• As of June 2008, the world’s population is estimated to be just under 6.7 billion, which means the number of songs downloaded from iTunes isn’t THAT far off from the World’s population

What’s interesting to note is that in early 2008, over 4 billion songs had been sold when they were celebrating their 5th birthday. If they’ve already reached over five billion, they’ve experienced quite a bit of growth over the last several months.

Aside from celebrating the five billion songs milestone, Apple is also celebrating the fact that they rent and sell over 50,000 movies each day. Clearly they sell more songs than they do movies, but that’ an area where there is plenty of room to grow. We have yet to try out iTunes for renting or buying movies, but those who do seem to be satisfied.

Congrats to Apple and iTunes. 7 years ago when iTunes first launched, who would have thought that it would have become so popular? Five Billion is definitely a big milestone and helps explain why it is that they are the largest music retailer in the United States.

Apple Press Release

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Audyssey’s Lower East Side Audio Dock Air: square to be cool

Not enamored by any upcoming AirPlay-enabled HiFi systems? Audyssey’s curiously square Lower East Side Audio Dock Air could be worth a shot. This is the second wireless speaker from the company, which last year used its audio know-how for the South of Market Bluetooth Dock. The LESADA’s light on features, but utilizes “Smart Speaker technology” to offer what Audyssey claims is best-in-class audio quality. The unit itself is loaded with two 1-inch tweeters, a duo of 3-inch midrange drivers and two thumping 4-inch passive bass radiators. Up top there’s a single volume wheel, while on the front and back you’ll find a headphone jack and a 3.5mm input (if you’d prefer the vintage experience of plugging in). The Lower East Side Audio Dock Air — in all its cubey goodness — is slated to hit shelves in November for about $400. Full PR past the break.

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Audyssey’s Lower East Side Audio Dock Air: square to be cool originally appeared on Engadget on Wed, 19 Oct 2011 09:00:00 EDT. Please see our terms for use of feeds.

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“Complete My Album” with iTunes

This article was written on March 29, 2007 by CyberNet.

CompletemyalbumToday Apple iTunes introduced a new feature to the iTunes store called “Complete my Album.” This is for those times when you’ve purchased individual songs, and then later on you decide to buy the entire album which the song(s) came from.  For each song that you’ve bought that’s on an album that you end up buying, you’ll get a 99 cent credit.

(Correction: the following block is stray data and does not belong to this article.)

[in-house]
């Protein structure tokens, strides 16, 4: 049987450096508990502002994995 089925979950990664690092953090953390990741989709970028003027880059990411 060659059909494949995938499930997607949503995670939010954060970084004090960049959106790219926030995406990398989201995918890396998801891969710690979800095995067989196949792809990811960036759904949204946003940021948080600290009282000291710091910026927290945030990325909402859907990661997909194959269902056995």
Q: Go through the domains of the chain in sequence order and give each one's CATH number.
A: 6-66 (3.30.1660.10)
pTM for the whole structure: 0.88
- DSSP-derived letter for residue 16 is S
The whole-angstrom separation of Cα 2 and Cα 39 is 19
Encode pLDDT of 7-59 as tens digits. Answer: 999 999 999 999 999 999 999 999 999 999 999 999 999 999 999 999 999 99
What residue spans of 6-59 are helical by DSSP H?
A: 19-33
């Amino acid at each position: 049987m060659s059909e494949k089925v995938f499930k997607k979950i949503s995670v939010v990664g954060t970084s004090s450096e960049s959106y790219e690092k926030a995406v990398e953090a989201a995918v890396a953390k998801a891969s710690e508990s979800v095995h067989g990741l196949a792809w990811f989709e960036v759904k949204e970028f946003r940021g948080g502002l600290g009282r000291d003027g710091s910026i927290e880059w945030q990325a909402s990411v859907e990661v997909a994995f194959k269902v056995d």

That means that you will no longer have to pay for the same song twice! And because songs are typically 99 cents to begin with (albums are usually $9.99), you’re essentially getting a refund in the form of credit for the purchase that you made. 

After reading several comments, I’ve seen a few people say that this is pretty much useless and they won’t use it. However, often times only certain songs from an album are released, and then months later the full album is available for purchase.

iTunes will give you 180 days after purchasing an individual song to get the credit for songs that are on an album that you purchase. And don’t worry, they’re not leaving out the millions of people who have purchased songs previously, and want the full album now because of this new offer. During this initial introduction, you will have until June 26th to “complete albums” for songs that you have already purchased at any point from iTunes and get the “discount”.

When you go to the “Complete My Albums” page at the iTunes store, you’ll see the songs that you’ve purchased, the albums that they correspond with, and what the cost of the album would be with the credit applied for your previous a-la-carte purchases. Nice move Apple, I can see a boost in Album sales coming already!

Source: (Thanks CoryC!)
Image Source: Gizmodo

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Animoog takes the synth keyboard stylings to the iPad, DIY electronica lives to see another day

Mention music apps and our minds immediately conjure up images of a certain Icelandic songstress’ interactive iPad album. Well, folks the high-art bleeps and bloops don’t have to belong to the aurally experimental, as you, too, can make synthy music to doze off to. Fans of Moog’s synthesizers looking to mobilize the analog noise art now have a 99¢ iOS option for the iPad. Dubbed Animoog, this virtual instrument shrinks the keyboard synth experience down to 10-inches, running on the company’s Anisotropic Synth Engine and bringing with it polyphonic modulation and pitch shifting, various modules for effects, a timbre page and MIDI in / out. Fancy yourself a folktronic tablet technician? Then hit up the source to download the bargain-priced goods.

Animoog takes the synth keyboard stylings to the iPad, DIY electronica lives to see another day originally appeared on Engadget on Tue, 18 Oct 2011 07:04:00 EDT. Please see our terms for use of feeds.